Newspaper article St Louis Post-Dispatch (MO)

Irony Colors Arkansas Governor's Fate for 20 Years, Tucker, Clinton Have Vied in the Political Arena

Newspaper article St Louis Post-Dispatch (MO)

Irony Colors Arkansas Governor's Fate for 20 Years, Tucker, Clinton Have Vied in the Political Arena

Article excerpt

THERE IS A TOUCH of irony in the fate of Jim Guy Tucker, indicted on the request of a special Whitewater prosecutor whose central mission was to investigate Bill Clinton.

Since they arrived on the political scene two decades ago as the twin golden boys of Arkansas politics, Tucker, who rose to be governor, and Clinton, who rose to be president, fought and reconciled countless times, two bright and ambitious young Democrats plotting and maneuvering for position. Throughout their mercurial relationship, nthe one thing they were unable to do was break free of each other. Now Tucker has stuck to Clinton even in the White House - or the other way around.

Although the charges on which Tucker was indicted Wednesday - defrauding a Small Business Administration loan company - have no direct tie to Clinton, the troubles are inextricably linked. If there had been no Whitewater independent counsel, there probably would have been no charges against Tucker, who came under investigation because he did business with many of the same financial institutions and individuals associated with Clinton's Whitewater dealings. Conversely, Tucker's legal battle now can only plague Clinton, because it brings the larger Whitewater saga back into public view.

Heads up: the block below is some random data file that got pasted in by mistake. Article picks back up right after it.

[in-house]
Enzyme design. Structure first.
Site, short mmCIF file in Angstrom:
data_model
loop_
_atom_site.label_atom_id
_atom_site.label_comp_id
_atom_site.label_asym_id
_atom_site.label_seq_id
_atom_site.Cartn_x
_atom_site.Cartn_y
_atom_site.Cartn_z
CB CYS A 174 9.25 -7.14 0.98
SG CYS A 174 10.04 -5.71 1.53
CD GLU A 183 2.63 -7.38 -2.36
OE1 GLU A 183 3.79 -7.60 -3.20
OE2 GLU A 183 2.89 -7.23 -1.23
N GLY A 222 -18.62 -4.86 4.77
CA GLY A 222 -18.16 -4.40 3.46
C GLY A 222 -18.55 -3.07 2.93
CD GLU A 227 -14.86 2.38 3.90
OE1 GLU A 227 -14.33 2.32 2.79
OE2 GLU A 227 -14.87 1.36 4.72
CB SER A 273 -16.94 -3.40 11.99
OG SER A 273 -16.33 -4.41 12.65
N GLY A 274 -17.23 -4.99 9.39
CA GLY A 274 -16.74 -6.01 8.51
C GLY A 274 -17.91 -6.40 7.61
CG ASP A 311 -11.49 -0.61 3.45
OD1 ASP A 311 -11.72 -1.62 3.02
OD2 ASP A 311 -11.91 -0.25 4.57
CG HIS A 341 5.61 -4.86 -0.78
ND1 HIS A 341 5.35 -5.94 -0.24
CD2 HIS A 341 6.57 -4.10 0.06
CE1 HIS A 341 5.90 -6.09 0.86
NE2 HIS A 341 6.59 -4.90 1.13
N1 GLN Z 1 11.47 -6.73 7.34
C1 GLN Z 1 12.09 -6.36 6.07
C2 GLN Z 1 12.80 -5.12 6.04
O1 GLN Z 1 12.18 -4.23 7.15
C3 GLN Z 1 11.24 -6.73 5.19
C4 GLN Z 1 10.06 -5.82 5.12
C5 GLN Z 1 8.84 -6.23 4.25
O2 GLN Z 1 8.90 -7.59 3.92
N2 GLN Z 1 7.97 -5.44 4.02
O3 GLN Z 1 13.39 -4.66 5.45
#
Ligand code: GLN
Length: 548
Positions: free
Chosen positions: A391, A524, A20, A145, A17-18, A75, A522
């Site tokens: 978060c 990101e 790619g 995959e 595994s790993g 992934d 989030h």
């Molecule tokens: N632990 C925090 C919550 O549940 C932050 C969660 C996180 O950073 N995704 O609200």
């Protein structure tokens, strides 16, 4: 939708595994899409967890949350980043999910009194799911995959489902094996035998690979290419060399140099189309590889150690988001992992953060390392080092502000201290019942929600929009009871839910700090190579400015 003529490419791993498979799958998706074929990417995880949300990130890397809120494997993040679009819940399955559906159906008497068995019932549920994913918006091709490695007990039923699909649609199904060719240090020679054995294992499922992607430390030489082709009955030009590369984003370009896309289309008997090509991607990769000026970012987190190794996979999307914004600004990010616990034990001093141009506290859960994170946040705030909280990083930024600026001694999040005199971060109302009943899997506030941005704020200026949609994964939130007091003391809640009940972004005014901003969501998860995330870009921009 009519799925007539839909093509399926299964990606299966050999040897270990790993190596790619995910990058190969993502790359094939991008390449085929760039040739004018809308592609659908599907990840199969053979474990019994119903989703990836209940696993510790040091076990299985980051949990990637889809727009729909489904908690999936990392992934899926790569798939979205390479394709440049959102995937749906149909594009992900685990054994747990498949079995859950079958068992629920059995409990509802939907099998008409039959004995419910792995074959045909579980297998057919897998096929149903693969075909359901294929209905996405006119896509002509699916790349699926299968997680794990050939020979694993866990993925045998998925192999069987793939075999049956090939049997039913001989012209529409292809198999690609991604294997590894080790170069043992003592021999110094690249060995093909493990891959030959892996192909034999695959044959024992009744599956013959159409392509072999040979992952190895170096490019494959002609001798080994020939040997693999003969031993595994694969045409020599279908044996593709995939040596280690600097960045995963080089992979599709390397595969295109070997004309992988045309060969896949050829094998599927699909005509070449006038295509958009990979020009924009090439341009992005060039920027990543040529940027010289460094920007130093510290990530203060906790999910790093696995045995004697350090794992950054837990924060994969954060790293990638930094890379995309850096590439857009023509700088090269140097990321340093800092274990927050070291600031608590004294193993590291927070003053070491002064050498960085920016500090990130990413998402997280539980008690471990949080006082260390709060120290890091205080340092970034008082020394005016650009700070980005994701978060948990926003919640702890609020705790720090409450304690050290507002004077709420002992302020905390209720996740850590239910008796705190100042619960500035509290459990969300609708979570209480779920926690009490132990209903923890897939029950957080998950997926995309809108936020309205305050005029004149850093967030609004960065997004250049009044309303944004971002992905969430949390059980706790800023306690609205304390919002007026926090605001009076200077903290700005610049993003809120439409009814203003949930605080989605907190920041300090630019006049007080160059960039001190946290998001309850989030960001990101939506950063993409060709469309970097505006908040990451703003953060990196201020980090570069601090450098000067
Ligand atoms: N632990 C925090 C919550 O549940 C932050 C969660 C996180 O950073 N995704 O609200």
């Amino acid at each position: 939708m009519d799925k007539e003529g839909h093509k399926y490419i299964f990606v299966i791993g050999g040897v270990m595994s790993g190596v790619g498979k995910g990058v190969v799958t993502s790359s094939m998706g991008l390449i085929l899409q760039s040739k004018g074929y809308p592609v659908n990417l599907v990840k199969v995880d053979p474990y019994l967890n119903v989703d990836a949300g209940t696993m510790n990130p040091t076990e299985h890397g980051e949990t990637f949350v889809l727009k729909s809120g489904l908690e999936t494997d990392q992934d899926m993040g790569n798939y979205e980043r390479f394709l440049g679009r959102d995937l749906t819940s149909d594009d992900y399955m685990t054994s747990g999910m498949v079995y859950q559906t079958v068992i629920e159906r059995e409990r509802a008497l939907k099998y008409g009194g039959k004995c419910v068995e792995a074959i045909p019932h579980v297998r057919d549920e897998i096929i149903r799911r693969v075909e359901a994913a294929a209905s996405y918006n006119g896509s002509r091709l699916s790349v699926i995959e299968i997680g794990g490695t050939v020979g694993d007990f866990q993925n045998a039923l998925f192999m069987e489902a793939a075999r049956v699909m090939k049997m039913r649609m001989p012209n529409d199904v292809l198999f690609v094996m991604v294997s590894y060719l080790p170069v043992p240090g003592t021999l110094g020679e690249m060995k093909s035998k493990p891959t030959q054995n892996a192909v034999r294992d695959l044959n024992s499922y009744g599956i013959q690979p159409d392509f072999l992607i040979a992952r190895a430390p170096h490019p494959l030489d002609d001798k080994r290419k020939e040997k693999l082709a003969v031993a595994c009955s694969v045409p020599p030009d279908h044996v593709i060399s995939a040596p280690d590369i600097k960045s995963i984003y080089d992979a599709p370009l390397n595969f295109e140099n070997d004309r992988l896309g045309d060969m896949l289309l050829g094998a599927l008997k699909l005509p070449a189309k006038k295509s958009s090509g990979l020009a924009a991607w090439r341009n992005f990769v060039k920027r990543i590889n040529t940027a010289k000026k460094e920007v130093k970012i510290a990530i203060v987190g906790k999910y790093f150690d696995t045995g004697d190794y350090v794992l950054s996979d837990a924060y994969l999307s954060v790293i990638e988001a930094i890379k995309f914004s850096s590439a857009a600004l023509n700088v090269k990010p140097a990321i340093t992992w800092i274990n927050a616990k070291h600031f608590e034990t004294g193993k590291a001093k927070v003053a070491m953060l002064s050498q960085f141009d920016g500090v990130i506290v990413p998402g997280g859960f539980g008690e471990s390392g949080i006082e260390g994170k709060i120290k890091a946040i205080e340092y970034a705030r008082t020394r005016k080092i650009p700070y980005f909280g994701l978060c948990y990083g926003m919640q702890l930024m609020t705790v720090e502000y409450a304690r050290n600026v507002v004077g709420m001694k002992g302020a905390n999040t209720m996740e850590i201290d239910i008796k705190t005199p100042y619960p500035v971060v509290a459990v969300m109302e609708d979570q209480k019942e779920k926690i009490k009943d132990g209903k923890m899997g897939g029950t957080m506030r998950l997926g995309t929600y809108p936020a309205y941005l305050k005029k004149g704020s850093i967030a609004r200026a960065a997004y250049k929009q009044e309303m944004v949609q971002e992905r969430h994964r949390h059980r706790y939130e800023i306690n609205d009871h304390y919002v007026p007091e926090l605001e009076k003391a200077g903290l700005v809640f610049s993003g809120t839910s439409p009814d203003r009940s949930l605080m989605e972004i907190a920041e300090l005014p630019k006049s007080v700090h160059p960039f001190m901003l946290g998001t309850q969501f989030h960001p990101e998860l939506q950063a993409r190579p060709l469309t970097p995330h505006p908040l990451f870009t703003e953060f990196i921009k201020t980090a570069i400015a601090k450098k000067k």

Tucker, 53, is four years older than Clinton and was one step ahead of him at the start of their political careers. He was elected attorney general of Arkansas in 1974, while Clinton ran for Congress and lost. But it did not take long for Clinton to take the lead in their long-distance race, a lead he never relinquished. In 1976, Tucker was elected to Congress, and Clinton replaced him as attorney general. Two years later, Clinton ran for governor while Tucker ran for the Senate in a tough primary field that also included then-Gov. David Pryor. According to consultant Richard Morris, Clinton's top political adviser in those years, young Clinton was so intent on cutting short his rival's career that he spent much of the primary season drafting commercials and developing anti-Tucker themes for Pryor. …

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